EK: We were both scheduled to drive Mike Patton around for his onground promotional duties while he was in town with Tomohawk. Onground promo is generally incredibly daunting. You have to maintain a friendly chit chat with the artist/s in your passenger seat while simultaneously chucking Hook Turns in the CBD, avoiding speeding tickets and pedestrians, finding convenient parking, touching base with media and keeping to a tight schedule. Bec confided in me that she was terrified of her upcoming press day with Mike. The car she had to transport him in was a manual and she’d never driven one in her life, which just adds to the hilarity, really. We were in hysterics envisaging the headlines wherein Mike Patton’s publicist had stalled the promo car in a busy Sydney intersection and killed this epic rock star. The press day was uneventful in the end. Mike was a legend and no one was injured.
How do you complement each other in regards to your work at Deathproof?
EK: We lucked out pretty hard with our pairing. We’ve found we complement each other in more ways than we had even initially anticipated. Bec’s strengths are in administration and organisation whereas mine are in brainstorming and creativity. Bec can also be pretty aggressive while I’m far more laid back so that’s nice too. I think Deathproof brought those qualities out in us but we certainly use that contradiction in personalities to our advantage in the workplace.
What does Death Proof PR do differently from other PR folks?
EK: I’ve not been intimately involved in other companys’ PR campaigns recently so it’s difficult to gauge exactly where our differences lie or what sets us apart. I think we’re pretty savvy with online and social media. We’ve definitely made a concerted effort to stay abreast of developing technologies as it’s pretty damn evident that’s where the good stuff’s going to happen in the next decade. It’s actually a full time job just keeping up with that stuff, and it hurts my damn brain staying abreast of wordpress plugins and social media strategies, but I think it’s all worthwhile eventually. Print media is definitely still a priority for the time being and that’ll take a while to change, but eventually the best opportunities in PR will be digital.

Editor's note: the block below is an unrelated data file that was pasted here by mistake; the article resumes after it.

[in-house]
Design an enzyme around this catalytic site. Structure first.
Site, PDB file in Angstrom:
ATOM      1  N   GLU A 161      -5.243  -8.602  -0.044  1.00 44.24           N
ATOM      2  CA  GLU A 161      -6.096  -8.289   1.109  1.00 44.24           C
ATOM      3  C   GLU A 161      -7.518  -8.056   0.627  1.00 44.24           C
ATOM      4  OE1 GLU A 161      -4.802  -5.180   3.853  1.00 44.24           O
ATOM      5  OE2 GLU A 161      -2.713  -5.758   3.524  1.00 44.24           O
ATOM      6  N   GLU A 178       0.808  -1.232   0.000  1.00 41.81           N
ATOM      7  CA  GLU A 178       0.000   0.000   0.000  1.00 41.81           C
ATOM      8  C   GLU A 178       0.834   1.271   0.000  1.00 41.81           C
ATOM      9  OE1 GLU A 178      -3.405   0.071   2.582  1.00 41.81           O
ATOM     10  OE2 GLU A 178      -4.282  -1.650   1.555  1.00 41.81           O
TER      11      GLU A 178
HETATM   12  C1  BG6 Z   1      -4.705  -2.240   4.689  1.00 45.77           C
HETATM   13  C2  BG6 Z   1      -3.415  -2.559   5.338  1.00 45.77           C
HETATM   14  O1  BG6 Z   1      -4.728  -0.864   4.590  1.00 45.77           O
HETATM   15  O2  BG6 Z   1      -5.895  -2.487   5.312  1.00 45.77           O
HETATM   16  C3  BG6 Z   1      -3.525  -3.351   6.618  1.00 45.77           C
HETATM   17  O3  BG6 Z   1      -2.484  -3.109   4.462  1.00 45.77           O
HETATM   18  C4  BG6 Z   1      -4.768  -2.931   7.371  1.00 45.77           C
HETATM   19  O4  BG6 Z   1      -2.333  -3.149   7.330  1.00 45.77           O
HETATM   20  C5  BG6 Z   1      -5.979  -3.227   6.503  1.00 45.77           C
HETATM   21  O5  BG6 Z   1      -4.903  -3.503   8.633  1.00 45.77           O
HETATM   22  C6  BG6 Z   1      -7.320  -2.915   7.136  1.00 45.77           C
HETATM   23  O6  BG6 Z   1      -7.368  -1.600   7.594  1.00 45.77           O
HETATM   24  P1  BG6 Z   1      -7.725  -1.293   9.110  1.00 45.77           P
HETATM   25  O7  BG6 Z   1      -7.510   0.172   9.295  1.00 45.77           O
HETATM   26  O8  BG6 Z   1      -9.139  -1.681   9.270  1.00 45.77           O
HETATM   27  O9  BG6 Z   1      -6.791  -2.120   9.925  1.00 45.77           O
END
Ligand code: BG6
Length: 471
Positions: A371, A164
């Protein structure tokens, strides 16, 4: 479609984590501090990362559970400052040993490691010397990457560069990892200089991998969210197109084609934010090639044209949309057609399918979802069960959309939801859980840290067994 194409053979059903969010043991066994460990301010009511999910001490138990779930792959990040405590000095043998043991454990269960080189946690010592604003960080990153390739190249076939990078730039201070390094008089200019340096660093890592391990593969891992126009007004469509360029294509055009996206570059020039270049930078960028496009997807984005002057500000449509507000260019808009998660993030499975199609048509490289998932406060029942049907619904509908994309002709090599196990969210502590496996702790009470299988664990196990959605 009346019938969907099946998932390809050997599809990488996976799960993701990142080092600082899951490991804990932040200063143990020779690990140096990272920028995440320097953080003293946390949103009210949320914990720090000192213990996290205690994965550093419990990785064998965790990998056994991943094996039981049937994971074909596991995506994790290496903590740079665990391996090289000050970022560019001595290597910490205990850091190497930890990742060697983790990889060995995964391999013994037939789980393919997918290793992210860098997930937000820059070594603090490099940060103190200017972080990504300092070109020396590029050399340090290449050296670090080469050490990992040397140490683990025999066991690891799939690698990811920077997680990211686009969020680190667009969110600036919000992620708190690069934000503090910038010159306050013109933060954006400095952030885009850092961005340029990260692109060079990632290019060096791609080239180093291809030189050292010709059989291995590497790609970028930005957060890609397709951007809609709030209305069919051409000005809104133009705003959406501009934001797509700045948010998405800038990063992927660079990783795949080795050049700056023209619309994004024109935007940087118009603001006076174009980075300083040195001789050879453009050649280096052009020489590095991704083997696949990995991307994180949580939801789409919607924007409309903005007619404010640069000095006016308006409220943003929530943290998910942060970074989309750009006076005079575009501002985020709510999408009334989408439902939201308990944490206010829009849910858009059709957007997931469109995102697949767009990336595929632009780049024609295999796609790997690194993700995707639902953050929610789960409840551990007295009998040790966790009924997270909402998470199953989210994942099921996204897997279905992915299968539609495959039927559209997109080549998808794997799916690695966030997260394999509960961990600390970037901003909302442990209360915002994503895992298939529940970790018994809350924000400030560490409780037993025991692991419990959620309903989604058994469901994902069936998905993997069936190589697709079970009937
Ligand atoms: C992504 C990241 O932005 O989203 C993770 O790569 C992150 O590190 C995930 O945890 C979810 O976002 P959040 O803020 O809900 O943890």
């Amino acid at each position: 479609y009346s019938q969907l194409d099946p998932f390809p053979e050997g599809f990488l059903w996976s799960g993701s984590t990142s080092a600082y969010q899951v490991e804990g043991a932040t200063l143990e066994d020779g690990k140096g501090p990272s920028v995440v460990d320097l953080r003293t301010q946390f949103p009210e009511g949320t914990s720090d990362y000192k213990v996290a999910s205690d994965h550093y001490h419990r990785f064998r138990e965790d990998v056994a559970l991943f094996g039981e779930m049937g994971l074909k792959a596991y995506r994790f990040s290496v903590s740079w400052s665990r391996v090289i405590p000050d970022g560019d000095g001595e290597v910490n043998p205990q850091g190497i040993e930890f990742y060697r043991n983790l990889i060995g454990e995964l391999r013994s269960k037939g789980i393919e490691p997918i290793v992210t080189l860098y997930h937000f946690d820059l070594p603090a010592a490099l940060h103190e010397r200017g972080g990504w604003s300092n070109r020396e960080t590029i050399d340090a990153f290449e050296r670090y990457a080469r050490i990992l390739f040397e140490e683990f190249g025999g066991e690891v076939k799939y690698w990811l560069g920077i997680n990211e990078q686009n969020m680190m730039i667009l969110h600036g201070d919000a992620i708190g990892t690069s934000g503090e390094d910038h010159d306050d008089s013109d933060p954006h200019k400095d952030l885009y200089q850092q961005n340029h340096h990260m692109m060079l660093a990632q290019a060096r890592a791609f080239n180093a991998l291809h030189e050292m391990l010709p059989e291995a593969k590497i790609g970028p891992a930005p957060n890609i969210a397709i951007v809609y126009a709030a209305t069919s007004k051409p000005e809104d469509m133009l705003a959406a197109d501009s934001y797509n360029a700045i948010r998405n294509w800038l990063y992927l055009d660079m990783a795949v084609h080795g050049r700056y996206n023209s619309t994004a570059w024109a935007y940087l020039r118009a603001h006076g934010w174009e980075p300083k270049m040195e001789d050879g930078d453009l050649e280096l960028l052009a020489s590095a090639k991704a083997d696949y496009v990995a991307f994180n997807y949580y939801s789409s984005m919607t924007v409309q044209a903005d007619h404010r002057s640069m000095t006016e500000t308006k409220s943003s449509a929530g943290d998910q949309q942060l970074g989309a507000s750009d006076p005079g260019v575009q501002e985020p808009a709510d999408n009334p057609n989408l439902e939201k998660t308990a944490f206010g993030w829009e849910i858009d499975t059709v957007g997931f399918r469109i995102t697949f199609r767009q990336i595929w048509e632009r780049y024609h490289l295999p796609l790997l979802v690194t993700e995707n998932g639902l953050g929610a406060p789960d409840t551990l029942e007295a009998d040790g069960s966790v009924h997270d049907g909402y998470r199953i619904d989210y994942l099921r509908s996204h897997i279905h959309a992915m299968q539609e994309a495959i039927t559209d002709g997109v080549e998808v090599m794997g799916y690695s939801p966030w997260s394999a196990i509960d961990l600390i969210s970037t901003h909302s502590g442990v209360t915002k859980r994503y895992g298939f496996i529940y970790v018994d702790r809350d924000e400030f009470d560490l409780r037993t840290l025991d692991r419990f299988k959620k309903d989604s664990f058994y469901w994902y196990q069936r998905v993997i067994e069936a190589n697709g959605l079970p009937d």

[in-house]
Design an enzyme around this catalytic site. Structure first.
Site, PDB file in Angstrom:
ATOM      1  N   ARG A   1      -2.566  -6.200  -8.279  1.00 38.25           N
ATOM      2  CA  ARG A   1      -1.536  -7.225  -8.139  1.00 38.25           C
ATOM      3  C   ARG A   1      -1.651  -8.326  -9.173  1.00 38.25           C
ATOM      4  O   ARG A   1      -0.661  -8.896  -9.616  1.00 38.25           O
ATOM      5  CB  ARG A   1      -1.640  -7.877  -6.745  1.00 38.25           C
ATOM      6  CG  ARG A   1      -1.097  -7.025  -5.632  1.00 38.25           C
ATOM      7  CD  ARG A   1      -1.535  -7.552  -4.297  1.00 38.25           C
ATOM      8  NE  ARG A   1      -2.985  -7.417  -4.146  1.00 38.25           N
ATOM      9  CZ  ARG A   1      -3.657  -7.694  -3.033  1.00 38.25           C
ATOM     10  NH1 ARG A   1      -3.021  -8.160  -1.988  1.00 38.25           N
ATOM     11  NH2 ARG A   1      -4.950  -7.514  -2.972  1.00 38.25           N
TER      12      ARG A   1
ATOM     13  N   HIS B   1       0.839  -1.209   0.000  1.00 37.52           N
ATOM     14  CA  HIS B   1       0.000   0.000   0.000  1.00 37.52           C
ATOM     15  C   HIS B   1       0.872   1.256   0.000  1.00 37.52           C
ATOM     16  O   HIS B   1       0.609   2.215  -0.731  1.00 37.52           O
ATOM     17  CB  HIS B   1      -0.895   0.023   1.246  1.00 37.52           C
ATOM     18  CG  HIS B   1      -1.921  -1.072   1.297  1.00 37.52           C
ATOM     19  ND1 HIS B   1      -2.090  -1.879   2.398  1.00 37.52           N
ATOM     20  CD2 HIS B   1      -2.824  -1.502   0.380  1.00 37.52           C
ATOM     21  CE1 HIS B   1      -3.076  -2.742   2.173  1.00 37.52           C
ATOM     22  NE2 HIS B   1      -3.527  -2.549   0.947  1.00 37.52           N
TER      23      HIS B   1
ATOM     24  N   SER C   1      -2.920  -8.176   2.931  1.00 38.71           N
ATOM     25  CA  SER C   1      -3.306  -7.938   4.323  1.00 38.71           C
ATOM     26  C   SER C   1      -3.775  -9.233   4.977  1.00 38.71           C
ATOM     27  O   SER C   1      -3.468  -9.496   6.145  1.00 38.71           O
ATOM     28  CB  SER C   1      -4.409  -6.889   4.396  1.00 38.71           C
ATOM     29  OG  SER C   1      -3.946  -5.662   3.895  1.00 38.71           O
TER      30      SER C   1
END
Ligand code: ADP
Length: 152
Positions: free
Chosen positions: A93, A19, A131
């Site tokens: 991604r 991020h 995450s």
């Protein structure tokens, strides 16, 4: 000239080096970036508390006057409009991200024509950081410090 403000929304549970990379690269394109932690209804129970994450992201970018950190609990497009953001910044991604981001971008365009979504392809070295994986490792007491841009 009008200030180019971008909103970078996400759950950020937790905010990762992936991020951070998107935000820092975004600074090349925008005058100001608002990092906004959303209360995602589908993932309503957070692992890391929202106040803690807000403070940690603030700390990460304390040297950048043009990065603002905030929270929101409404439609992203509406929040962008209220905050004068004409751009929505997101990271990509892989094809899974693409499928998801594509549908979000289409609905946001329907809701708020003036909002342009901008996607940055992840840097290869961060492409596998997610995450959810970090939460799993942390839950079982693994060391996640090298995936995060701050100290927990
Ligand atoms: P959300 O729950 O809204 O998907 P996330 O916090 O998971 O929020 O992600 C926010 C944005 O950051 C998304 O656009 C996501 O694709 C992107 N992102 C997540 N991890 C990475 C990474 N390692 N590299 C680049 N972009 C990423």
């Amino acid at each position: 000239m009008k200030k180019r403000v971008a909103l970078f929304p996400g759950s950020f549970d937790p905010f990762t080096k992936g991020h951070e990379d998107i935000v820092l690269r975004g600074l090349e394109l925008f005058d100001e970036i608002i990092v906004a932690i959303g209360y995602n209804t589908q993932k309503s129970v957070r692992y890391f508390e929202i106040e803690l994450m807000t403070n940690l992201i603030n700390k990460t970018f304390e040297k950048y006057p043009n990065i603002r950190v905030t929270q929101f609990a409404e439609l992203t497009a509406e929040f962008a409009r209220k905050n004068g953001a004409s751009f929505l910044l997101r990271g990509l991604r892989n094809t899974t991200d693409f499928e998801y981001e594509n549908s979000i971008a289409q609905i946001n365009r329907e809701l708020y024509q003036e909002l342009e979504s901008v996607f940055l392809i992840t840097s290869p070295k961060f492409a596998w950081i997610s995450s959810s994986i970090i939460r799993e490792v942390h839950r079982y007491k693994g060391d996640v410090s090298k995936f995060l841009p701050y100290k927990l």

There’s been a few instances in my interviewing life where I’ve been frustrated by PR people that haven’t gotten back to me in regards to my request to interview their clients and they’ve gotten annoyed at me for then by passing them and ‘official’ channels by going directly to a band for an interview…what are your thoughts on this kind of thing? Does it create headaches at your end or with your publicity plan if writers do this?
EK: If a publicist has told you the interview is unlikely or will take a while, then I’d suggest you should be satisfied with that response. Publicists are generally working in close conjunction with artist management so I’d say it’s worth adhering to their suggestions. That said, if you’re being ignored completely (*B’s note: to clarify yes this has been the case) and don’t get a response then I personally wouldn’t be upset if you went straight to the source. We like to accommodate zines, websites and community radio wherever possible and we don’t make a habit of ignoring them. It’s become increasingly apparent that the passionate folk that do this stuff in their spare time will end up being the most important players in years to come. Karma will bite you on the ass if you ignore them!
Can you tell us a little bit about the process for how setting up interviews at your end happens? I imagine co-ordinating lots of press and the bands can be quite involved.
EK: I can but you’ll be really, really bored! PR is equal parts organisation and hand-holding. Teeing up a round of interviews is relatively easy but walking each party through the process is the art form. Media need their tools, their instructions and to adhere to run dates. Management need readerships and circulation details. The artist needs to pick up the damn phone and be courteous and talkative. Someone needs to connect and monitor these calls to ensure they run on time. We need to ensure this all actually happens.
How has the closure of street press and music publications in Australia affected what you do?